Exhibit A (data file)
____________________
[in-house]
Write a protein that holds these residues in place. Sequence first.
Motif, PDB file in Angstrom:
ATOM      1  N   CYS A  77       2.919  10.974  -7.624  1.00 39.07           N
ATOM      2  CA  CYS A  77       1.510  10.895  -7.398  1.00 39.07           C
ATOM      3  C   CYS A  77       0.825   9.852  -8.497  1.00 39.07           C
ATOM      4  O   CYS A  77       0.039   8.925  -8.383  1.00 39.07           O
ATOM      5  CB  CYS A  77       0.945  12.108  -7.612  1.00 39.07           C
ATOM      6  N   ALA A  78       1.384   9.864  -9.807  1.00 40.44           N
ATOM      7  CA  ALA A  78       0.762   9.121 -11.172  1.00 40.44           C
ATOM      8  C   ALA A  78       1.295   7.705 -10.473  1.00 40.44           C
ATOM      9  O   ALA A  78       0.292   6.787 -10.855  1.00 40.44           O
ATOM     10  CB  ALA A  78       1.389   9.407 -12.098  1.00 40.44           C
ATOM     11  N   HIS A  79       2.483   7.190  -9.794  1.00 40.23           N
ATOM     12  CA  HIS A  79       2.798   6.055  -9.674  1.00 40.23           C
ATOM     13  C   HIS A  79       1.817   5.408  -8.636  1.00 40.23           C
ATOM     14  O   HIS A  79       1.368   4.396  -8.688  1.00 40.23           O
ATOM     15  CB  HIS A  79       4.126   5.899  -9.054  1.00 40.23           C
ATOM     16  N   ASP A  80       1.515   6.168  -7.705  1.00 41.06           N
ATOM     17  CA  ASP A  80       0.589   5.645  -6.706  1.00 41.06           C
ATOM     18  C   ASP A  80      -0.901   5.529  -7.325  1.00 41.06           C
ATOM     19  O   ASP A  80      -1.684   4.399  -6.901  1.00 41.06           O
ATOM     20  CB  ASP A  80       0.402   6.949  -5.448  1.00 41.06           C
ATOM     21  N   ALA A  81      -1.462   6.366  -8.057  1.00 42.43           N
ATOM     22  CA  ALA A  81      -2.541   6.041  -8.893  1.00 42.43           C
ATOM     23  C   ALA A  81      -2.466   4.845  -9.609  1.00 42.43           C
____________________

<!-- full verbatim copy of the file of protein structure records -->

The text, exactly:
[in-house]
Write a protein that holds these residues in place. Sequence first.
Motif, PDB file in Angstrom:
ATOM      1  N   CYS A  77       2.919  10.974  -7.624  1.00 39.07           N
ATOM      2  CA  CYS A  77       1.510  10.895  -7.398  1.00 39.07           C
ATOM      3  C   CYS A  77       0.825   9.852  -8.497  1.00 39.07           C
ATOM      4  O   CYS A  77       0.039   8.925  -8.383  1.00 39.07           O
ATOM      5  CB  CYS A  77       0.945  12.108  -7.612  1.00 39.07           C
ATOM      6  N   ALA A  78       1.384   9.864  -9.807  1.00 40.44           N
ATOM      7  CA  ALA A  78       0.762   9.121 -11.172  1.00 40.44           C
ATOM      8  C   ALA A  78       1.295   7.705 -10.473  1.00 40.44           C
ATOM      9  O   ALA A  78       0.292   6.787 -10.855  1.00 40.44           O
ATOM     10  CB  ALA A  78       1.389   9.407 -12.098  1.00 40.44           C
ATOM     11  N   HIS A  79       2.483   7.190  -9.794  1.00 40.23           N
ATOM     12  CA  HIS A  79       2.798   6.055  -9.674  1.00 40.23           C
ATOM     13  C   HIS A  79       1.817   5.408  -8.636  1.00 40.23           C
ATOM     14  O   HIS A  79       1.368   4.396  -8.688  1.00 40.23           O
ATOM     15  CB  HIS A  79       4.126   5.899  -9.054  1.00 40.23           C
ATOM     16  N   ASP A  80       1.515   6.168  -7.705  1.00 41.06           N
ATOM     17  CA  ASP A  80       0.589   5.645  -6.706  1.00 41.06           C
ATOM     18  C   ASP A  80      -0.901   5.529  -7.325  1.00 41.06           C
ATOM     19  O   ASP A  80      -1.684   4.399  -6.901  1.00 41.06           O
ATOM     20  CB  ASP A  80       0.402   6.949  -5.448  1.00 41.06           C
ATOM     21  N   ALA A  81      -1.462   6.366  -8.057  1.00 42.43           N
ATOM     22  CA  ALA A  81      -2.541   6.041  -8.893  1.00 42.43           C
ATOM     23  C   ALA A  81      -2.466   4.845  -9.609  1.00 42.43           C